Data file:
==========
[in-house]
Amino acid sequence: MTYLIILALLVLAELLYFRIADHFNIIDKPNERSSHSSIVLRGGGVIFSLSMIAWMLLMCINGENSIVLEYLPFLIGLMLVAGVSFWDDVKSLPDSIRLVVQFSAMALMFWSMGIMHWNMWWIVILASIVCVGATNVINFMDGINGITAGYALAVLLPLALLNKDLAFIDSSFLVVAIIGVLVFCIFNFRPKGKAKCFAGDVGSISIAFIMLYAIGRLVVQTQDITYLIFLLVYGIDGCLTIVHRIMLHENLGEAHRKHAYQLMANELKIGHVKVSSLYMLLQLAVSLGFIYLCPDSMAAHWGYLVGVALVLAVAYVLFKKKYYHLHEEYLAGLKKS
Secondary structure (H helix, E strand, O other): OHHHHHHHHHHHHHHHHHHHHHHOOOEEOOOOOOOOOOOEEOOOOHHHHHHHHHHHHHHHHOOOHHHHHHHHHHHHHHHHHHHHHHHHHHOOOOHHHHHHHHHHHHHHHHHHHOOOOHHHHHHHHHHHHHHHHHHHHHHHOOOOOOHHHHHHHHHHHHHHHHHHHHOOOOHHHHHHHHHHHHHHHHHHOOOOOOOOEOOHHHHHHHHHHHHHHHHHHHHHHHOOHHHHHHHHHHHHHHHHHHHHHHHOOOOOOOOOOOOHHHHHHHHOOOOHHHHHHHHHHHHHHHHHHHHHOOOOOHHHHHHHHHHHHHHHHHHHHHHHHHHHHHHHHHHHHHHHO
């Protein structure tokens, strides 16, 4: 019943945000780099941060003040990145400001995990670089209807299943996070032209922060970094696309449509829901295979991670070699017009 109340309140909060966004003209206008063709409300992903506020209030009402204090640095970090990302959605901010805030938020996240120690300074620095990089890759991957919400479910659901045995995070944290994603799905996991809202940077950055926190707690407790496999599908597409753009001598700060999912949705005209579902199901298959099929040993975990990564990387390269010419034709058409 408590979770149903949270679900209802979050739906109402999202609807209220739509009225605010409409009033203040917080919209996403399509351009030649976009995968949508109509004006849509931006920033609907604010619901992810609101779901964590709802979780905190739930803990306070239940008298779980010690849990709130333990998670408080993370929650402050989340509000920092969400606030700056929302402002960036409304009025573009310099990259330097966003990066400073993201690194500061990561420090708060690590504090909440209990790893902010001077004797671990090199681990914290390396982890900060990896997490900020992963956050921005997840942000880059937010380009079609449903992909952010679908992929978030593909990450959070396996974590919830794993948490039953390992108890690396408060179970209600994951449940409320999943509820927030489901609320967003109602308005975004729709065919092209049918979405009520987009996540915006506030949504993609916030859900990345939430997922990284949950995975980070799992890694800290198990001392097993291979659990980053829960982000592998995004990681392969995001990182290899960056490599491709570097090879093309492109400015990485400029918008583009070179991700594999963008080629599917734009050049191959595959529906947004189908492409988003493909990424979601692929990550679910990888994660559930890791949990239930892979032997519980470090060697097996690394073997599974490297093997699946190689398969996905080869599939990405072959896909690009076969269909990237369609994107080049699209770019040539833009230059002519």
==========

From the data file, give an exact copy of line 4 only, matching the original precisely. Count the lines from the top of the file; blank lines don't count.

């Protein structure tokens, strides 16, 4: 019943945000780099941060003040990145400001995990670089209807299943996070032209922060970094696309449509829901295979991670070699017009 109340309140909060966004003209206008063709409300992903506020209030009402204090640095970090990302959605901010805030938020996240120690300074620095990089890759991957919400479910659901045995995070944290994603799905996991809202940077950055926190707690407790496999599908597409753009001598700060999912949705005209579902199901298959099929040993975990990564990387390269010419034709058409 408590979770149903949270679900209802979050739906109402999202609807209220739509009225605010409409009033203040917080919209996403399509351009030649976009995968949508109509004006849509931006920033609907604010619901992810609101779901964590709802979780905190739930803990306070239940008298779980010690849990709130333990998670408080993370929650402050989340509000920092969400606030700056929302402002960036409304009025573009310099990259330097966003990066400073993201690194500061990561420090708060690590504090909440209990790893902010001077004797671990090199681990914290390396982890900060990896997490900020992963956050921005997840942000880059937010380009079609449903992909952010679908992929978030593909990450959070396996974590919830794993948490039953390992108890690396408060179970209600994951449940409320999943509820927030489901609320967003109602308005975004729709065919092209049918979405009520987009996540915006506030949504993609916030859900990345939430997922990284949950995975980070799992890694800290198990001392097993291979659990980053829960982000592998995004990681392969995001990182290899960056490599491709570097090879093309492109400015990485400029918008583009070179991700594999963008080629599917734009050049191959595959529906947004189908492409988003493909990424979601692929990550679910990888994660559930890791949990239930892979032997519980470090060697097996690394073997599974490297093997699946190689398969996905080869599939990405072959896909690009076969269909990237369609994107080049699209770019040539833009230059002519």